Father’s Day is coming up this weekend, and it’s got us thinking about the power of food for creating lasting memories between parents and their kids. Abbey McKenna from The Parenting Co. teams up with her partner, Ben, to share their tips for feeding father-child relationships through food.

My gorgeous partner is a father of five young women, aged two to 14. Just take some time out to think about that.

Add on the fact that our rescue dog is also female, and it goes without saying that I am concerned for the masculine/feminine balance in our family life.

Ben is an amazing father – the best I have seen. He is actively involved in all facets of our life and more often than not, does a better job than I do. Let’s just say: the kids are happy to head to bed for Ben but kick up an Emmy Award winning stink with me.

And while he doesn’t feel overly skilled in the food prep department, there are a few tips and tricks (and recipes) he has picked up over the years that he is happy to share with the world.

Here’s what he has to say…

I come from a farming family, so we eat, and we eat big – think lots of healthy grains, veggies and meat (which, I know, isn’t everyone’s thing).

I learnt the value in preparing things in advance from my dad, who would make three or four dinners in one night. In fact, a lot of my simple culinary skills came from my dad, and it’s all stuff that I’m trying to pass down to my daughters, too.

My kids have been fussy in stages. At one point, my middle girls only ate chips and cheese and, as a single dad, I had to come up with strategies to get around this.

For example, I think it’s important to eat what you are expecting them to eat, so they don’t feel like are eating ‘kid food’.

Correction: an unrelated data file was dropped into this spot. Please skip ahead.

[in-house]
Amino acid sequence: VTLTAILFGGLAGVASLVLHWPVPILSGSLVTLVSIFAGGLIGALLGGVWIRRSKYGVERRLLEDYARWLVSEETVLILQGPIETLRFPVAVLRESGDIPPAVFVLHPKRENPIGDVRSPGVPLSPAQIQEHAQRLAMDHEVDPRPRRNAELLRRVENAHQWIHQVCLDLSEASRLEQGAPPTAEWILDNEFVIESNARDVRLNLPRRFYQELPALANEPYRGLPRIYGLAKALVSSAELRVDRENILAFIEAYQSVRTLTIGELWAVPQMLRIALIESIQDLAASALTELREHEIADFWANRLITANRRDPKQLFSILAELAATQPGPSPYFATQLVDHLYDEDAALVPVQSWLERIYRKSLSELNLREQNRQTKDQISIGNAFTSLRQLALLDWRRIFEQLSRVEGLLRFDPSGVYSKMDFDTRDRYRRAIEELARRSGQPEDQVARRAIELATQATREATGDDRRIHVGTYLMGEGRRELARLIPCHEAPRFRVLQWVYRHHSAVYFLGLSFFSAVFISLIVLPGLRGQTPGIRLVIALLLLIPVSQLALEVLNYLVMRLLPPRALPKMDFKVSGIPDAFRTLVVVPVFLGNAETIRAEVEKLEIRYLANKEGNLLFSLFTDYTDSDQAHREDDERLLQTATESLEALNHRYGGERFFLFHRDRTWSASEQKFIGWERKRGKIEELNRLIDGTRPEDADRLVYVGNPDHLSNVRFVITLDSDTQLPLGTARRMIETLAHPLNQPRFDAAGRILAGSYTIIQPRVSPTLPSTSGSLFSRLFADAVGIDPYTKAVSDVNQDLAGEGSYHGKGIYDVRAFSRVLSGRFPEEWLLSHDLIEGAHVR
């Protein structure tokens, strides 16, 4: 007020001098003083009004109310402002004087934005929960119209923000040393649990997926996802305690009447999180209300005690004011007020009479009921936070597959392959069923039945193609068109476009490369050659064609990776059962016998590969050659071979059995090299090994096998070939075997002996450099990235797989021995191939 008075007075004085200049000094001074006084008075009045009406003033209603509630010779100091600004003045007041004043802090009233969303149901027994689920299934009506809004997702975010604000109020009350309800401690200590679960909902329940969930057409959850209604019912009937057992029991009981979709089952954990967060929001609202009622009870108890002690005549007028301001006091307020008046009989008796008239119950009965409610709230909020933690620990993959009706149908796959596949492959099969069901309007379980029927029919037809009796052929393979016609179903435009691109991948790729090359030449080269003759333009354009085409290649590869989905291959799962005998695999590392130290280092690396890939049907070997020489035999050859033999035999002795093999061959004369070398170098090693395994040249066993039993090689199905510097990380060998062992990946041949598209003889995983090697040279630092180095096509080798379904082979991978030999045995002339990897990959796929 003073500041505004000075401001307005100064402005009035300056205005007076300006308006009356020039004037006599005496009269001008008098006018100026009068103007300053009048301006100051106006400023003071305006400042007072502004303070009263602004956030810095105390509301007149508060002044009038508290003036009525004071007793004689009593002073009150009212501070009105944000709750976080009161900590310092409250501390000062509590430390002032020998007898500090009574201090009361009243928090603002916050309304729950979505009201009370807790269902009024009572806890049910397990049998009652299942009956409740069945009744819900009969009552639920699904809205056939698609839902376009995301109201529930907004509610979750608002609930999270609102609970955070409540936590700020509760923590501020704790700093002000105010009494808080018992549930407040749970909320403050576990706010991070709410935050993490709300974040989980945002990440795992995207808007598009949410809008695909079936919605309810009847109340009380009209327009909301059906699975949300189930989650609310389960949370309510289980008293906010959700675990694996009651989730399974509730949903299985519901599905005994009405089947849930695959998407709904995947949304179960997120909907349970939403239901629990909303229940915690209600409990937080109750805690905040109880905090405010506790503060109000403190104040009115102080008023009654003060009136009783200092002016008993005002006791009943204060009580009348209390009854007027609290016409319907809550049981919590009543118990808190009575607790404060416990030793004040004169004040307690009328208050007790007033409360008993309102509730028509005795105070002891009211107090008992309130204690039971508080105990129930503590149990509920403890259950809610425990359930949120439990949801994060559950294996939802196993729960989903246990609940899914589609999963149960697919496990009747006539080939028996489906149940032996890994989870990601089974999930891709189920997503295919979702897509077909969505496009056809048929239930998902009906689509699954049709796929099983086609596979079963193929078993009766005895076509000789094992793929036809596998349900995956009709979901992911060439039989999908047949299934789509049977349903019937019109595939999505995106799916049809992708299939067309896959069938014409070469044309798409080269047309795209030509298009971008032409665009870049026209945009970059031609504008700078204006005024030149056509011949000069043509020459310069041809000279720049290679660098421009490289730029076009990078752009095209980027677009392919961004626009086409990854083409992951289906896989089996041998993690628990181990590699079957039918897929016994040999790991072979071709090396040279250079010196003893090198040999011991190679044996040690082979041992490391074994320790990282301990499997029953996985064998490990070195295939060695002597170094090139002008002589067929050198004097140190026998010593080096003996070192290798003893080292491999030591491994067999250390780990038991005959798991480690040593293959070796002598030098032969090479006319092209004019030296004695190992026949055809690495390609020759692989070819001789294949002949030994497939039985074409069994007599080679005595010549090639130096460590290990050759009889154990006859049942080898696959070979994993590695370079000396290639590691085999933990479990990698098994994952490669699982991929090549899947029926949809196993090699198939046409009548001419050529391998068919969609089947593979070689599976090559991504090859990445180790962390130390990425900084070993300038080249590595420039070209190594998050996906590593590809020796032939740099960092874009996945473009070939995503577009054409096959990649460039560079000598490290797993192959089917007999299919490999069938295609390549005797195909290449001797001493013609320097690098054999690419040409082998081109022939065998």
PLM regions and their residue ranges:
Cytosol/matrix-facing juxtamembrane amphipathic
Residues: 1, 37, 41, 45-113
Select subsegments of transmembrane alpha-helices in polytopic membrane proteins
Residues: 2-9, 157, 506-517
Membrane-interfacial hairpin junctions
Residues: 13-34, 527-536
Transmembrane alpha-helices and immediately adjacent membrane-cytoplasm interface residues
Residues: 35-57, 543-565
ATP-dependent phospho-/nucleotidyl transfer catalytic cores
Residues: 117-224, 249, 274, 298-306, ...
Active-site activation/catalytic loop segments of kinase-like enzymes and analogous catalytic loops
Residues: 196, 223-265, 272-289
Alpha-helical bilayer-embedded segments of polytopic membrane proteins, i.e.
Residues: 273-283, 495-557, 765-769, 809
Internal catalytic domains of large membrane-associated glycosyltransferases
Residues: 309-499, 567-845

Breakfast

Kids are just cool, so getting them to help me, help them be healthy was fun. I used to buy all of the ingredients for granola – like fresh fruit and yoghurt – set it up on the counter and away they would go. It was super easy, and also really healthy.

Smoothies are another simple go-to. The below smoothie method is something I stole from Abbey, but I’m happy to claim it as my own.

  1. Peel and cut some bananas and other fruit to store in the freezer.
  2. Throw any fruit into the blender with yoghurt.
  3. Pour it into a cup and add sultanas or goji berries on top.
  4. Claim that you are Dad of the Year.

School Lunches

Lunches are best made the night before, as trying to get my kids to school on time was a mission. Not only that, kids are busy – once the bell rings they want to eat quick and get onto the playground. Having eccentric meals that are hard to eat is not suitable for the playground. The key is to prepare food they can just pick up, eat and go.

My top lunchbox fillers are as follows…

  • Veggies and fruit (just not bananas or apples as they go brown), cut up into easy pieces that can be shoved in mouths and taken to the playground
  • Dried fruits and nuts
  • Boiled eggs
  • Sandwiches, cut into cute little shapes (the crust always came home with my biological kids, interestingly but not my step kids)
  • Rolled up cold meat or leftovers from the night before (chops are a finger food in my eyes, and the kids love them)
  • Bento boxes are a savior and an essential. You can create simple and colorful brain food that doesn’t merge in a sludgy mess together. 

Simple veggies for dinner

I used to really struggle to get my kids to eat vegetables. So, I created my no-fuss veggies recipe – a broccoli and bacon stir fry – which let me use any veggies I like. The key to this being healthy is to source properly smoked bacon. I also like to make it in bulk – then, if they didn’t eat it all for dinner, I would put it into muffin cups in their lunch so they could eat and run.

Ingredients

  • 1 Broccoli
  • 1 teaspoon of sesame seed oil
  • Splash of oyster sauce
  • Garlic (pre minced… of course)
  • 5 rashers of bacon (cut into cubes)
  • Cashew nuts

Method

  1. Throw in sesame seed oil, garlic, nuts and cut bacon into a pan (I leave the fat on, but don’t tell Abbey that) for a few minutes until cooked
  2. Set aside in a bowl
  3. Place cut broccoli in the same pan with the lid on to let it steam until it is softer (still a bit crunchy) – you need to stir it every few minutes and taste it until it is a texture you are happy with
  4. Place bowl of bacon, cashews and garlic back in
  5. Add oyster sauce
  6. Stir it all together for a few minutes
  7. Take it out and serve it as your veggies